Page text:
Tuesday, February 26, 2013

Somua S 35, From Battlefront

So, I'm putting together my early war French stuff and I decided to continue my tank building and painting spree I started with the Tigers a few weeks ago.

Thankfully, the French were totally defeated before winter set in so I won't be doing any winter schemes or painting for this army. I can finally retire my white paint for awhile I hope :)

First up, I'm knocking out the 4 Somua S35 that will be in my Panhard (Panhorde) list.

In game terms I think it's a great little tank. For the time a 4, 2 1 armor is solid and the 2, 6, 4+ gun ain't bad either. The only drawback, like most French tanks is the slow turret. Historically, this little guy stood up well against it's adversary the early Panzer III. It's only because of poor strategic decisions by higher command and an inability to produce it in large numbers that it wasn't a major factor on the battlefield. The Germans used a number of captures Somua's late into 1944, with some seeing action in Normandy.

Here's the final product:

See my inspiration, how it got build and more smexy painted pics after the break!

For historical reference here are some more pics that as I used as part of my painting guide.

The build process was easy as these guys don't have a ton of parts, the only frustrating bit was getting the commanders hatch to stay level, but in the end I got it to work. Very little flash or resin weirdness on these:

Very few pieces indeed. And while I hate the way the smaller metal pieces are molded onto the bar of white metal, I can live with it. 

Detail of body

Detail of tracks and gubbins

Assembled turret

Assembled body
Final product

Now on to the fun part, here are the painted pics!

A couple of notes. While most french units used the Deck of Cards symbols to represent their unit and platoon one, the one I chose to represent here, actually used dominoes. I thought that was pretty cool so I used it here. They're not perfect looking but I think they add some nice variety as all the Panhards will be using the Deck of Cards symbols.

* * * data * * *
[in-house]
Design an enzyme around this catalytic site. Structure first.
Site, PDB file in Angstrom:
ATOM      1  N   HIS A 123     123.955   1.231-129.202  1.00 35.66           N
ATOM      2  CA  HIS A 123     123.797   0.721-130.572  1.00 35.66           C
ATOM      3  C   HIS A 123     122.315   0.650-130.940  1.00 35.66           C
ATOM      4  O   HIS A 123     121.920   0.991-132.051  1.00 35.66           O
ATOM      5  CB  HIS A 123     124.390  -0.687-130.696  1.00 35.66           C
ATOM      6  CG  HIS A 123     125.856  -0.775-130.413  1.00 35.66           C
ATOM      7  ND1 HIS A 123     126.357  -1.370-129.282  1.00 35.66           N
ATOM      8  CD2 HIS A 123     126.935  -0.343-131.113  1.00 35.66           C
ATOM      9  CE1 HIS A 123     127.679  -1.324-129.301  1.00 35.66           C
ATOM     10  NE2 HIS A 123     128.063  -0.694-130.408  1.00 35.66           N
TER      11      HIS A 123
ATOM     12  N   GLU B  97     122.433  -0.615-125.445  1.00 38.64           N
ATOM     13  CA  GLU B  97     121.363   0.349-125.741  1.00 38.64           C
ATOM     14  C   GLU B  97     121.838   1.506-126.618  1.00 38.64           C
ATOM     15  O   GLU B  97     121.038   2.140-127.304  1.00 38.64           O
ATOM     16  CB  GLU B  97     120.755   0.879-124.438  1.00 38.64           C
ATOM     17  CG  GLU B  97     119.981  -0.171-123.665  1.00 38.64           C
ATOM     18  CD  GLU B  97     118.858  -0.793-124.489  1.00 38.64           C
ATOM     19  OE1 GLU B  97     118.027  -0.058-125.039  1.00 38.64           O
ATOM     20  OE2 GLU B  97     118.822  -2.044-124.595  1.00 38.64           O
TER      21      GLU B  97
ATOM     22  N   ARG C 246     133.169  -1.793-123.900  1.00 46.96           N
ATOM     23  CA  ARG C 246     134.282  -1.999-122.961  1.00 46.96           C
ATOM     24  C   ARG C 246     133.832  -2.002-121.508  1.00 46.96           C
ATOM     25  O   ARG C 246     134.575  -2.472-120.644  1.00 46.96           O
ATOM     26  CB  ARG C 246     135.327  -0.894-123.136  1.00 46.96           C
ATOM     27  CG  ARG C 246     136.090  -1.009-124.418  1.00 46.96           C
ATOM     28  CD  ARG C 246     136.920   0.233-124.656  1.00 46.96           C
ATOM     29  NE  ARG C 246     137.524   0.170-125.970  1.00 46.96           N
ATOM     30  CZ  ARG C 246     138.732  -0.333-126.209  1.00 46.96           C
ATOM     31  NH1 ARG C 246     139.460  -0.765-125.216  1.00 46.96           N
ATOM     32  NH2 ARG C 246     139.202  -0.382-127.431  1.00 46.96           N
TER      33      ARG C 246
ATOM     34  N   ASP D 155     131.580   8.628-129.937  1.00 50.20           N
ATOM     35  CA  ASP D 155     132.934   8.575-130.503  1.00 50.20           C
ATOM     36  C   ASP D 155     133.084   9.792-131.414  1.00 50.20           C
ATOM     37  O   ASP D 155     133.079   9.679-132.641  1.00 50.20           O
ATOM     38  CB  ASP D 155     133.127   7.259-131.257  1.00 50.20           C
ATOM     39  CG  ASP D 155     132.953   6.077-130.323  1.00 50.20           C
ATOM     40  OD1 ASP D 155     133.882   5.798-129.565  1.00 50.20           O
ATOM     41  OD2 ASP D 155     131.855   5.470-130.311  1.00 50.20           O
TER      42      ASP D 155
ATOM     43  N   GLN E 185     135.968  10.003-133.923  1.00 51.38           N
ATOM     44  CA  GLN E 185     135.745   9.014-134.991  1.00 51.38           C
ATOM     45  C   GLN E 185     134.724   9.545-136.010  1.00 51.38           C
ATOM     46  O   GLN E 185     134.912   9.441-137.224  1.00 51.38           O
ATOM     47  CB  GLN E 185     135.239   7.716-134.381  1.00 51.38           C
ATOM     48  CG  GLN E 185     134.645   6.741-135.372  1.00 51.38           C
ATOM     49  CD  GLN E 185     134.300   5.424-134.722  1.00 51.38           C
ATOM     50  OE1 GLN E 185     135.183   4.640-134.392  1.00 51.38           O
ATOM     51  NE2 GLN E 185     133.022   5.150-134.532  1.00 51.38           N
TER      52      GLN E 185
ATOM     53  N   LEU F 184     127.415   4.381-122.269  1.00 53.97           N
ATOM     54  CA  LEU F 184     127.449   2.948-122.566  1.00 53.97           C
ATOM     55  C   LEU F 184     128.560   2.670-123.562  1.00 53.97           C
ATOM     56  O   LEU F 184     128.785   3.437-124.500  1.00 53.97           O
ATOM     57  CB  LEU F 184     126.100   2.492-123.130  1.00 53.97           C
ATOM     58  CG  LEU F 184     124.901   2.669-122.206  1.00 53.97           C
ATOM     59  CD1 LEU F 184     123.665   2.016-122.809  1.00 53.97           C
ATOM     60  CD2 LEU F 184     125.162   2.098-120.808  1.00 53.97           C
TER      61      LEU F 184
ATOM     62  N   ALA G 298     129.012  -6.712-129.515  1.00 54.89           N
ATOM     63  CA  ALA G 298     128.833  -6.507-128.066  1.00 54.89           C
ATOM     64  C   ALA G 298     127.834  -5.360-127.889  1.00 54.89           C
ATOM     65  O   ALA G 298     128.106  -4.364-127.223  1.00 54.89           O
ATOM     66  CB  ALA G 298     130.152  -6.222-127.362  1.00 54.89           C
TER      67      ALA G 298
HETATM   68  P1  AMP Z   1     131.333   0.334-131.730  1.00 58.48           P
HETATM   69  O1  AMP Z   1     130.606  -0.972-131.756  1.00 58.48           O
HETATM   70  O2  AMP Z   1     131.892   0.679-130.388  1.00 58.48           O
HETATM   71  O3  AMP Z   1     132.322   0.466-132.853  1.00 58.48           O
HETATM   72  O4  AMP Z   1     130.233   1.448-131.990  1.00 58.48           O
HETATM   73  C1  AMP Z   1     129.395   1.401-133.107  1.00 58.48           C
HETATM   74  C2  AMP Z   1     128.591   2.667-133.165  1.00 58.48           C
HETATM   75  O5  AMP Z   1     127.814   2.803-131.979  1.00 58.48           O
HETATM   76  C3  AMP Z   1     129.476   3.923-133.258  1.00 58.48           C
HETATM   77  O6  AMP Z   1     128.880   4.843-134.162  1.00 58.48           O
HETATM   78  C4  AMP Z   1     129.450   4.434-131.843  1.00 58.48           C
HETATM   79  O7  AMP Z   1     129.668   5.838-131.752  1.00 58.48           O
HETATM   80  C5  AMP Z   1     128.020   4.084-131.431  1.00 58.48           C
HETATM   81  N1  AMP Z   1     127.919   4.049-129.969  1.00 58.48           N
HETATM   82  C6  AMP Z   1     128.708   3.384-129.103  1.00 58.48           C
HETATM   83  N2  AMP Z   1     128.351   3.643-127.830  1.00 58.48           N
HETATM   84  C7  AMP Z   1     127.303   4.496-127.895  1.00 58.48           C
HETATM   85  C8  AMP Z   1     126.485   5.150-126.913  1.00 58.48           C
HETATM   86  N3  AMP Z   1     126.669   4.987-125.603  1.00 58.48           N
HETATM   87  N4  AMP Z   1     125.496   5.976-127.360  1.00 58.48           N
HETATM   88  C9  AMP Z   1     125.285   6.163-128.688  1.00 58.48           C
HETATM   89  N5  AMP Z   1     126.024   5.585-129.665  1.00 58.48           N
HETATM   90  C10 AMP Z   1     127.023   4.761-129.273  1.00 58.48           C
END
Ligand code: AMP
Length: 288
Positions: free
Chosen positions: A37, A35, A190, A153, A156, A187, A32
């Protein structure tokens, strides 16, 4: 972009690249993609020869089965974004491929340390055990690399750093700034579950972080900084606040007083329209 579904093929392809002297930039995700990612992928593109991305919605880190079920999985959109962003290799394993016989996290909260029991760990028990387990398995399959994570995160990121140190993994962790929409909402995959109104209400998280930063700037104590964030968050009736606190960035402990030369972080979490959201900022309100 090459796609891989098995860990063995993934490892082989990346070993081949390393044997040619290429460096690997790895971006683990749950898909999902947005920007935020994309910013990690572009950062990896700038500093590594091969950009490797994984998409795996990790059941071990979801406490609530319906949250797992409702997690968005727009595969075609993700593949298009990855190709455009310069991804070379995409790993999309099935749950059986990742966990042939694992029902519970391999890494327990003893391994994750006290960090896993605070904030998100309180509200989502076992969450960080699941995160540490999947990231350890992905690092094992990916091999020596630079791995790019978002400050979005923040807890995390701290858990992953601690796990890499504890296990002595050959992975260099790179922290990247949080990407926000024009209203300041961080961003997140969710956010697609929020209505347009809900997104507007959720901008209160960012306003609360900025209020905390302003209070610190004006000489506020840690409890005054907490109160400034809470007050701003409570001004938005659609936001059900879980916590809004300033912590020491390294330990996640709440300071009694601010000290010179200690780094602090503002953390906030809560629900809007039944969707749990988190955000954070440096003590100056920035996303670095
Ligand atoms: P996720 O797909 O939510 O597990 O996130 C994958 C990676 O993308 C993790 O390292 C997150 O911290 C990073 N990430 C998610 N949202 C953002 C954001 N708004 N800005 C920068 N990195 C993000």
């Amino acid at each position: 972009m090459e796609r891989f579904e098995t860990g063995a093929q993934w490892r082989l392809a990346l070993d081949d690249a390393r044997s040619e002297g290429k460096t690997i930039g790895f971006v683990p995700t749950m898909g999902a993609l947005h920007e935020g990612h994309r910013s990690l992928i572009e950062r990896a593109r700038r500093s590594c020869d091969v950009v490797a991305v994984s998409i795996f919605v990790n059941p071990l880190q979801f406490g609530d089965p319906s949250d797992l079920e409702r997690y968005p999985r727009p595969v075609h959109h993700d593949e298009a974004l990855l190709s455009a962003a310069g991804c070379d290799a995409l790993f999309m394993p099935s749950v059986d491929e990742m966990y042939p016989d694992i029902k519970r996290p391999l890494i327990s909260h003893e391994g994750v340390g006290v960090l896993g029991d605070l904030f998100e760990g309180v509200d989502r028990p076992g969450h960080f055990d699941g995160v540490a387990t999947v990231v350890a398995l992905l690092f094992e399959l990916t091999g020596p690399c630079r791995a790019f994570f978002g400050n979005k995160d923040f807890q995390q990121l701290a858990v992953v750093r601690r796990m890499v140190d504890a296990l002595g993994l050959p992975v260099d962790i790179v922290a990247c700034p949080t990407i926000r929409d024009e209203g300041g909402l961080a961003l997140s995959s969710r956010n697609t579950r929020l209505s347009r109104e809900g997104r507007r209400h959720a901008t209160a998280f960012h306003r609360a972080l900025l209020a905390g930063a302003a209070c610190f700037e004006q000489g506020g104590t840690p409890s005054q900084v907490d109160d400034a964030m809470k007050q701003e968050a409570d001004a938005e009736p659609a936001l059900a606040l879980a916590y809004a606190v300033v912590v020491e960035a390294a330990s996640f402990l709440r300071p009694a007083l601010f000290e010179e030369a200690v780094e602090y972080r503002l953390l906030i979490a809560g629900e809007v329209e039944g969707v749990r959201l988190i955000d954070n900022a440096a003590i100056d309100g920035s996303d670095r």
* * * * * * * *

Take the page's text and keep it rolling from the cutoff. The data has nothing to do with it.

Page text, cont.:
Further, depending on rates of friendly fire French tanks placed their roundels in differing places. For my unit I put them on the top of the commanders cupola, thinking that this platoon has been lucky enough to not get shot at by it's own dudes.

1 comment:

  1. Had I been drinking milk when I read, "Thankfully, the French were totally defeated before winter set in so I won't be doing any winter schemes or painting for this army," I would have blown it out my nose.

    Since I've recently started an early war (free) French Foreign Legion project (that is moving at about the speed of a Souma across rough terrain) I'm loving your posts. Extra source material is great to have, especially as your vehicles came out so nicely.

    I picked up one interesting fact in trying to find the "right" camo pattern for my Legionaires' support tanks. It turns out that camo patterns were applied at the factory for French tanks and no effort was made to supply units from a common source. So it was quite common to have multiple different patterns within the same unit. Doesn't look good on the table, but historically accurate.